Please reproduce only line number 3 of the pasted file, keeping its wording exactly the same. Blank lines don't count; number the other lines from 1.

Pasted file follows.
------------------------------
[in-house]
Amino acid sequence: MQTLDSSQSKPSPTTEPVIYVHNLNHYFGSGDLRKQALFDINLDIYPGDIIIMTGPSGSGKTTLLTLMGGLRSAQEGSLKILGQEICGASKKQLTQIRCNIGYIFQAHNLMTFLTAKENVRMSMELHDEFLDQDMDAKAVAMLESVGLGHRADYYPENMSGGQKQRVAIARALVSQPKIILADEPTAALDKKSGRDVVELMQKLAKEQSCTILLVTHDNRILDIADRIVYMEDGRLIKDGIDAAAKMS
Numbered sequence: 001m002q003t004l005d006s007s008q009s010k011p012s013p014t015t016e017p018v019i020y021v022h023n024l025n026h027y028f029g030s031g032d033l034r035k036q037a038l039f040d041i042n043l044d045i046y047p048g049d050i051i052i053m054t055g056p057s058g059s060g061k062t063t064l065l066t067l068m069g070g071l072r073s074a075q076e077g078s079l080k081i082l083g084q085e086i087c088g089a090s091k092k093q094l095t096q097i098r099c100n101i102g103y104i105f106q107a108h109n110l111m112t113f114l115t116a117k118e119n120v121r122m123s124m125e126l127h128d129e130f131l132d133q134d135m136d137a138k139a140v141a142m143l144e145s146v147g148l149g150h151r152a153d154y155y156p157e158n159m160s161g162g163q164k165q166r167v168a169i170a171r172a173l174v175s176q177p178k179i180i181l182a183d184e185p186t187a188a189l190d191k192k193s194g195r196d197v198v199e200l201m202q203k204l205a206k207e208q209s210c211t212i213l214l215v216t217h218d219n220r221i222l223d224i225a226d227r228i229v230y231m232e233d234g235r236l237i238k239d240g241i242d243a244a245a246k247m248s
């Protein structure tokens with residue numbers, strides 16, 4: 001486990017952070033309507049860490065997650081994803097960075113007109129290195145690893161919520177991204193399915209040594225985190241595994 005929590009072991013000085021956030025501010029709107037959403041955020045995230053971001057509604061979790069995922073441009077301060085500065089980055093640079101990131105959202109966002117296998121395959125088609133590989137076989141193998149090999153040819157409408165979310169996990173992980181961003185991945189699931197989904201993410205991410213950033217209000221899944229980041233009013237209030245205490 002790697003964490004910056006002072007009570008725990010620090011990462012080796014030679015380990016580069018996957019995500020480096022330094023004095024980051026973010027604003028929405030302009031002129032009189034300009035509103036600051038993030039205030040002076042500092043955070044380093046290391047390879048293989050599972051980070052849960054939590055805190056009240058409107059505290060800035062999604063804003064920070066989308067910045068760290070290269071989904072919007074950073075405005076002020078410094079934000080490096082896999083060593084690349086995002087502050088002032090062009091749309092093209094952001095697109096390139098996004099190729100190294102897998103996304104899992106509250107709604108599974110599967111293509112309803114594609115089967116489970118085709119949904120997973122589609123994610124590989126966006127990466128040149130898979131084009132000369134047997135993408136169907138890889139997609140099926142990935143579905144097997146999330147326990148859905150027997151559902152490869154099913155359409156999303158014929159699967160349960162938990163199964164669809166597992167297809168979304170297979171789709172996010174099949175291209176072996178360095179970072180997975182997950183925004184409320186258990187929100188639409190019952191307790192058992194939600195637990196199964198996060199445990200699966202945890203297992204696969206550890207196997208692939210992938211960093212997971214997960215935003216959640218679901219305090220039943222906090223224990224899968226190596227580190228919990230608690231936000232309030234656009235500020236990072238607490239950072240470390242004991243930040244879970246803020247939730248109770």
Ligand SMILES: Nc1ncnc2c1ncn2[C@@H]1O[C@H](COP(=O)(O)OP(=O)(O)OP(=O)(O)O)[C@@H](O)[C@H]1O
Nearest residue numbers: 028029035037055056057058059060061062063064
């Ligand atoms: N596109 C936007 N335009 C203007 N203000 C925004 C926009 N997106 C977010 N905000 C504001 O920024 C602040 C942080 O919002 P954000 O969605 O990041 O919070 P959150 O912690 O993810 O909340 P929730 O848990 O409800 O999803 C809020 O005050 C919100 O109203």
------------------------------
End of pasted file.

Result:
Numbered sequence: 001m002q003t004l005d006s007s008q009s010k011p012s013p014t015t016e017p018v019i020y021v022h023n024l025n026h027y028f029g030s031g032d033l034r035k036q037a038l039f040d041i042n043l044d045i046y047p048g049d050i051i052i053m054t055g056p057s058g059s060g061k062t063t064l065l066t067l068m069g070g071l072r073s074a075q076e077g078s079l080k081i082l083g084q085e086i087c088g089a090s091k092k093q094l095t096q097i098r099c100n101i102g103y104i105f106q107a108h109n110l111m112t113f114l115t116a117k118e119n120v121r122m123s124m125e126l127h128d129e130f131l132d133q134d135m136d137a138k139a140v141a142m143l144e145s146v147g148l149g150h151r152a153d154y155y156p157e158n159m160s161g162g163q164k165q166r167v168a169i170a171r172a173l174v175s176q177p178k179i180i181l182a183d184e185p186t187a188a189l190d191k192k193s194g195r196d197v198v199e200l201m202q203k204l205a206k207e208q209s210c211t212i213l214l215v216t217h218d219n220r221i222l223d224i225a226d227r228i229v230y231m232e233d234g235r236l237i238k239d240g241i242d243a244a245a246k247m248s